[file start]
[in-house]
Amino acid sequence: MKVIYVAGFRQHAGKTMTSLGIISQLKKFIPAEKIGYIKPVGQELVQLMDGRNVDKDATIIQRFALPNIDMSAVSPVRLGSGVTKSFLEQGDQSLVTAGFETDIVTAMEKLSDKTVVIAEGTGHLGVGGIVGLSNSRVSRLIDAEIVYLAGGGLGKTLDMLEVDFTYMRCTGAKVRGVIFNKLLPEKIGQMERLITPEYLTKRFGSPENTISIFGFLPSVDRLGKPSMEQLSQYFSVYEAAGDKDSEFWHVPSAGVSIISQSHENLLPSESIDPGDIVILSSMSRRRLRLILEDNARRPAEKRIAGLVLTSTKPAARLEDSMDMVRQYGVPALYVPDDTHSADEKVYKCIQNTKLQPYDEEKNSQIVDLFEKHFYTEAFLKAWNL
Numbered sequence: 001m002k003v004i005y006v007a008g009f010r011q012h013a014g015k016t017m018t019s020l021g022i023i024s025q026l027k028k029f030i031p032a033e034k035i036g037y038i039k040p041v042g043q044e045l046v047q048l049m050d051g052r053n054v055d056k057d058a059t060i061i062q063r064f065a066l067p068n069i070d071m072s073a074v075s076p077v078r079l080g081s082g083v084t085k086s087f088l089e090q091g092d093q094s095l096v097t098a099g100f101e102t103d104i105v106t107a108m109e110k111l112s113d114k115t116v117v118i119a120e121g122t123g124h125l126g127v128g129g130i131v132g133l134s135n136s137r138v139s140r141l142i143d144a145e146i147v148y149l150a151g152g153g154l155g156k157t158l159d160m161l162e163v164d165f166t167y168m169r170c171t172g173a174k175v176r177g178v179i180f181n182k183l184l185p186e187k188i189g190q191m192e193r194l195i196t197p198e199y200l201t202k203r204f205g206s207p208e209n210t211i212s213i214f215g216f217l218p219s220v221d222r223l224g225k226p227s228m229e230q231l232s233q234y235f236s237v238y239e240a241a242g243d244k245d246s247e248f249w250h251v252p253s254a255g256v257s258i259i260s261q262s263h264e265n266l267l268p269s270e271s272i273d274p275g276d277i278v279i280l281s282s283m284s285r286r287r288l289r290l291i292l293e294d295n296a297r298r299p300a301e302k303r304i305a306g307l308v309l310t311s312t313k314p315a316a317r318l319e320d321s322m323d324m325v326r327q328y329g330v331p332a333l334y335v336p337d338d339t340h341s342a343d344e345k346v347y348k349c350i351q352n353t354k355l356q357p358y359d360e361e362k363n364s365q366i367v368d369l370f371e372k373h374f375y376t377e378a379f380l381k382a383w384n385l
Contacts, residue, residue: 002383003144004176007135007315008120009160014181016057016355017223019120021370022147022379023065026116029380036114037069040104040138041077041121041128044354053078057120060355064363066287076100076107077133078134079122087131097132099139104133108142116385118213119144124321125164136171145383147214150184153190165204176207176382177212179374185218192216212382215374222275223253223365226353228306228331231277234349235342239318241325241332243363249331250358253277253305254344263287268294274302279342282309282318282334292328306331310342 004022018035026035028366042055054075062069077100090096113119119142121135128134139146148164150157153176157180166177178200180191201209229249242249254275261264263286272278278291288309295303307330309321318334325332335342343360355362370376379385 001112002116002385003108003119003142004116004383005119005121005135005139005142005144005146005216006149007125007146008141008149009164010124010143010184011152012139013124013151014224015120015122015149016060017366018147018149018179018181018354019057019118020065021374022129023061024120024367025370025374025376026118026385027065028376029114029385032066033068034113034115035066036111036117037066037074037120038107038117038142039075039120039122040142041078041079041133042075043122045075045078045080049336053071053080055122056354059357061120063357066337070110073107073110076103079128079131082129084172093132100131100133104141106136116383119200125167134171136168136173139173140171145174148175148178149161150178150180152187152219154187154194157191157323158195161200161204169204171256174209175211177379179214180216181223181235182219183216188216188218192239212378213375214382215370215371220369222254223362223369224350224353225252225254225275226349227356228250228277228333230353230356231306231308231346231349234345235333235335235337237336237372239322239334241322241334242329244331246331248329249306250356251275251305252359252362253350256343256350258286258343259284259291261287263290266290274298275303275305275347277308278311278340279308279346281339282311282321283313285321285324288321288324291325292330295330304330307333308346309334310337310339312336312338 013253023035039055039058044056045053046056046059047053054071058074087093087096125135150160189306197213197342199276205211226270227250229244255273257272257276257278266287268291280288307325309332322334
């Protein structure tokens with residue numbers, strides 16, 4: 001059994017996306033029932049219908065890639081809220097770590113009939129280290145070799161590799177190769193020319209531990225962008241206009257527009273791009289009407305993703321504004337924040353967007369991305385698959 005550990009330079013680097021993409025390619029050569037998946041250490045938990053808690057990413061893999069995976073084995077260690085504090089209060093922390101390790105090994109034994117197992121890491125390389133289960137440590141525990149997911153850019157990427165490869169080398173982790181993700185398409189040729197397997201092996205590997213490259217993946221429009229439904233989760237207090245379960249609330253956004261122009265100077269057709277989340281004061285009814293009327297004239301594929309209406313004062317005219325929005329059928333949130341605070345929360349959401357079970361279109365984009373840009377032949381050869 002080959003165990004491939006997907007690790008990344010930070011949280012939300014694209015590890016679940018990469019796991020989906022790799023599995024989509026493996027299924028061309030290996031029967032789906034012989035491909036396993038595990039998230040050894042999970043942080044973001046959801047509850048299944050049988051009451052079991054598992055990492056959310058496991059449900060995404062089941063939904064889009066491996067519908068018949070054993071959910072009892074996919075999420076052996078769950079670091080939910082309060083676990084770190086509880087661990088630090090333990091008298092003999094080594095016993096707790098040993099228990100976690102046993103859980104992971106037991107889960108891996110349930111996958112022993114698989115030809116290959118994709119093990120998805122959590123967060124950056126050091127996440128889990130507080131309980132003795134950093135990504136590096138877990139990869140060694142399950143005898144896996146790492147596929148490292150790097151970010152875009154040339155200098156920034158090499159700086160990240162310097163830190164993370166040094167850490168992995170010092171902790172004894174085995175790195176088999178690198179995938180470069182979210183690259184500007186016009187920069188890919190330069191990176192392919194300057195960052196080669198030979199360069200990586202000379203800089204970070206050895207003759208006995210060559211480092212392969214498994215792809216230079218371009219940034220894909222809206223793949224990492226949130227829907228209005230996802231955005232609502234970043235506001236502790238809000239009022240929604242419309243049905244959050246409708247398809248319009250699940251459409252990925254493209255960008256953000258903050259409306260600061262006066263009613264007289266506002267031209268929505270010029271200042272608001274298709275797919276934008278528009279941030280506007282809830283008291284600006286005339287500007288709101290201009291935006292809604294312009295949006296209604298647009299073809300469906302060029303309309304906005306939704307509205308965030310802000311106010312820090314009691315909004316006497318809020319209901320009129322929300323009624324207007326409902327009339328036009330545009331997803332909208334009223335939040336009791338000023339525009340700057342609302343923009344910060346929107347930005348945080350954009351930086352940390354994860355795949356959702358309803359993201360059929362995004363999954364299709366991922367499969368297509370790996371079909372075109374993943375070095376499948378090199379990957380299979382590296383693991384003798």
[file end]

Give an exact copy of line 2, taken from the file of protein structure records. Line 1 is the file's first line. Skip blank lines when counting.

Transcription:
Amino acid sequence: MKVIYVAGFRQHAGKTMTSLGIISQLKKFIPAEKIGYIKPVGQELVQLMDGRNVDKDATIIQRFALPNIDMSAVSPVRLGSGVTKSFLEQGDQSLVTAGFETDIVTAMEKLSDKTVVIAEGTGHLGVGGIVGLSNSRVSRLIDAEIVYLAGGGLGKTLDMLEVDFTYMRCTGAKVRGVIFNKLLPEKIGQMERLITPEYLTKRFGSPENTISIFGFLPSVDRLGKPSMEQLSQYFSVYEAAGDKDSEFWHVPSAGVSIISQSHENLLPSESIDPGDIVILSSMSRRRLRLILEDNARRPAEKRIAGLVLTSTKPAARLEDSMDMVRQYGVPALYVPDDTHSADEKVYKCIQNTKLQPYDEEKNSQIVDLFEKHFYTEAFLKAWNL